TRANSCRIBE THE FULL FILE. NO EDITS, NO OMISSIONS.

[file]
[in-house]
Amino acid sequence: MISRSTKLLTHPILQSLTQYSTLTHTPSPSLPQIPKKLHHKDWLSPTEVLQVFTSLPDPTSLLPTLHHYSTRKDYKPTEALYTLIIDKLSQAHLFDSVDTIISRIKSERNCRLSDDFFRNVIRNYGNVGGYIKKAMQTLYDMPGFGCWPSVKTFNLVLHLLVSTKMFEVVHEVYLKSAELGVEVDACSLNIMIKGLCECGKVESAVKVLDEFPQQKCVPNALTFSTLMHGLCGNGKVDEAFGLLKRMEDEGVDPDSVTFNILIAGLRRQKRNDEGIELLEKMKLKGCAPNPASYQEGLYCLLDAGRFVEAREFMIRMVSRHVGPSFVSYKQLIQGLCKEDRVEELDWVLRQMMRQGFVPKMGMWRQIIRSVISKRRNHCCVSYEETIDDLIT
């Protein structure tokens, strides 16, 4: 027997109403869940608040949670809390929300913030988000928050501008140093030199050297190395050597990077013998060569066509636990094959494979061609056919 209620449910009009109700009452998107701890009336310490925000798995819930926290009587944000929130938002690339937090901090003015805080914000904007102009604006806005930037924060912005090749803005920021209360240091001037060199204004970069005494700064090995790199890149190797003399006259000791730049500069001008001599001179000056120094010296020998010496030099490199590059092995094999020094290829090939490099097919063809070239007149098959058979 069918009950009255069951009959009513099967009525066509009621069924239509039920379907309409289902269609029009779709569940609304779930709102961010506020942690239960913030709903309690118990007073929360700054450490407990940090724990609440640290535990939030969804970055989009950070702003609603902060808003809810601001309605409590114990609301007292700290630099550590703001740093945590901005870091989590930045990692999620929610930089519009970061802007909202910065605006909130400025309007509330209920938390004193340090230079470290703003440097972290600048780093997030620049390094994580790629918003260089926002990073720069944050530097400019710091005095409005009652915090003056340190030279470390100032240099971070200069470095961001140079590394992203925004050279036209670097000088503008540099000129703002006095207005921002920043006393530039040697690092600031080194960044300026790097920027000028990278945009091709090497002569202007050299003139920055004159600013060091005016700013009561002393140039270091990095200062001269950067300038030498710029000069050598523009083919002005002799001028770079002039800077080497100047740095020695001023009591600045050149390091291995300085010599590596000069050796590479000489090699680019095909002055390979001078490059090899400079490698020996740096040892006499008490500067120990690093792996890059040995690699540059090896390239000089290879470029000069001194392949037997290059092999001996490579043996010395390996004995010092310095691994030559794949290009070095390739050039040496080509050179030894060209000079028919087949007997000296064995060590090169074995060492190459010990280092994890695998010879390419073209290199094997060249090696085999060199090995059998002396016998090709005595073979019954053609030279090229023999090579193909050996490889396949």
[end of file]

[in-house]
Amino acid sequence: MISRSTKLLTHPILQSLTQYSTLTHTPSPSLPQIPKKLHHKDWLSPTEVLQVFTSLPDPTSLLPTLHHYSTRKDYKPTEALYTLIIDKLSQAHLFDSVDTIISRIKSERNCRLSDDFFRNVIRNYGNVGGYIKKAMQTLYDMPGFGCWPSVKTFNLVLHLLVSTKMFEVVHEVYLKSAELGVEVDACSLNIMIKGLCECGKVESAVKVLDEFPQQKCVPNALTFSTLMHGLCGNGKVDEAFGLLKRMEDEGVDPDSVTFNILIAGLRRQKRNDEGIELLEKMKLKGCAPNPASYQEGLYCLLDAGRFVEAREFMIRMVSRHVGPSFVSYKQLIQGLCKEDRVEELDWVLRQMMRQGFVPKMGMWRQIIRSVISKRRNHCCVSYEETIDDLIT
């Protein structure tokens, strides 16, 4: 027997109403869940608040949670809390929300913030988000928050501008140093030199050297190395050597990077013998060569066509636990094959494979061609056919 209620449910009009109700009452998107701890009336310490925000798995819930926290009587944000929130938002690339937090901090003015805080914000904007102009604006806005930037924060912005090749803005920021209360240091001037060199204004970069005494700064090995790199890149190797003399006259000791730049500069001008001599001179000056120094010296020998010496030099490199590059092995094999020094290829090939490099097919063809070239007149098959058979 069918009950009255069951009959009513099967009525066509009621069924239509039920379907309409289902269609029009779709569940609304779930709102961010506020942690239960913030709903309690118990007073929360700054450490407990940090724990609440640290535990939030969804970055989009950070702003609603902060808003809810601001309605409590114990609301007292700290630099550590703001740093945590901005870091989590930045990692999620929610930089519009970061802007909202910065605006909130400025309007509330209920938390004193340090230079470290703003440097972290600048780093997030620049390094994580790629918003260089926002990073720069944050530097400019710091005095409005009652915090003056340190030279470390100032240099971070200069470095961001140079590394992203925004050279036209670097000088503008540099000129703002006095207005921002920043006393530039040697690092600031080194960044300026790097920027000028990278945009091709090497002569202007050299003139920055004159600013060091005016700013009561002393140039270091990095200062001269950067300038030498710029000069050598523009083919002005002799001028770079002039800077080497100047740095020695001023009591600045050149390091291995300085010599590596000069050796590479000489090699680019095909002055390979001078490059090899400079490698020996740096040892006499008490500067120990690093792996890059040995690699540059090896390239000089290879470029000069001194392949037997290059092999001996490579043996010395390996004995010092310095691994030559794949290009070095390739050039040496080509050179030894060209000079028919087949007997000296064995060590090169074995060492190459010990280092994890695998010879390419073209290199094997060249090696085999060199090995059998002396016998090709005595073979019954053609030279090229023999090579193909050996490889396949």